Mummy of Kharushere

Third Intermediate Period

On view at The Met Fifth Avenue in Gallery 126

The mummified body of a man named Kharushere still includes the original linen wrappings. He held the office of Doorkeeper of the House of Amun. His parents were named Bes and Tanetheretib. CT scans of Kharushere’s mummy, taken in 1997, show the body of an adult male with his arms extended on his sides. One can also see that an object is situated underneath the wrappings, in the center of the chest, slightly to the proper left side of the body. From its shape and position, this piece can be identified as a heart scarab.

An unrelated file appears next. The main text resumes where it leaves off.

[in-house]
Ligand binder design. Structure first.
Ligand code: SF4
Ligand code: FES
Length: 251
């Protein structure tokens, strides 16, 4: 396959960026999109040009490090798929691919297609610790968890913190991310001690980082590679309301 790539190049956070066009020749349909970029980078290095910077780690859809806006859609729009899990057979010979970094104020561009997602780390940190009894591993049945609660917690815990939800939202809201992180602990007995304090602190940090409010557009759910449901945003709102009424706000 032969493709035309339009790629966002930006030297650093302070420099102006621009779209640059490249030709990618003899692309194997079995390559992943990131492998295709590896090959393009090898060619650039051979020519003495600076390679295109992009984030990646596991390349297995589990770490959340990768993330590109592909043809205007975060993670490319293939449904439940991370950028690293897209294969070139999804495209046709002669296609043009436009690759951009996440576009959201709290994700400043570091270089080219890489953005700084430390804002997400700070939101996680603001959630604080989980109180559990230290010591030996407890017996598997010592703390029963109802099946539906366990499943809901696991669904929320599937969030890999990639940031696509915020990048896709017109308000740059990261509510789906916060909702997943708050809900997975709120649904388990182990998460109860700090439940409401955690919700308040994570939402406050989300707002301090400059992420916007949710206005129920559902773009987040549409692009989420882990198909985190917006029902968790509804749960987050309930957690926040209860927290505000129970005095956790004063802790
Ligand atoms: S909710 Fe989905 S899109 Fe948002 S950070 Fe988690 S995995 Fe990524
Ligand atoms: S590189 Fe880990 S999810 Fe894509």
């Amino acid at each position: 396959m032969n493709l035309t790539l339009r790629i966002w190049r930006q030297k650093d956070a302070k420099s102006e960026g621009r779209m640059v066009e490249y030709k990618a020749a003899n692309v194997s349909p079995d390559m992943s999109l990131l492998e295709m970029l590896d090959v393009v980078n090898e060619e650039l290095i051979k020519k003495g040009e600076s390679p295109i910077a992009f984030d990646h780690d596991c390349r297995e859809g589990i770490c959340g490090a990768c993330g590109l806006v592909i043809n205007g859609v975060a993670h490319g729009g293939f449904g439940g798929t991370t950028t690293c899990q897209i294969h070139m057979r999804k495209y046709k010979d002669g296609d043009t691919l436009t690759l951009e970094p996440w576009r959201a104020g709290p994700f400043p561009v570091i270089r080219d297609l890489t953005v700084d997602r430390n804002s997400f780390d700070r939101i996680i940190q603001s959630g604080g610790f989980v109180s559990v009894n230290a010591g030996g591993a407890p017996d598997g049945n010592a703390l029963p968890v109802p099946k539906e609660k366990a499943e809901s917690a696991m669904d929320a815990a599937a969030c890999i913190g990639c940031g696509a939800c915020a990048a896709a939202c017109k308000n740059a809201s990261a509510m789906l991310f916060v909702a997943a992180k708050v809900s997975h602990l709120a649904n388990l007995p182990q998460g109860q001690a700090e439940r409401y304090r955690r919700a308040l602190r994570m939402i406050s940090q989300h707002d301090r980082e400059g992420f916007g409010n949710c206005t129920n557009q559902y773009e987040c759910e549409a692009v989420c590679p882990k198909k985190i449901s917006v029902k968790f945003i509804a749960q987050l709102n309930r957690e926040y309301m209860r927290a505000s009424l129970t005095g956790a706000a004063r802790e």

The outer layer of Kharushere's mummy consists of a large sheet. It is held in place by straps, which were made of individual linen bandages that were folded lengthwise. The mummified, wrapped body was originally inserted into a closely fitting cartonnage (86.1.34) through a seam at the back, which was later tied together; then the cartonnage and the mummy were enclosed within a set of coffins (86.1.31–.33).

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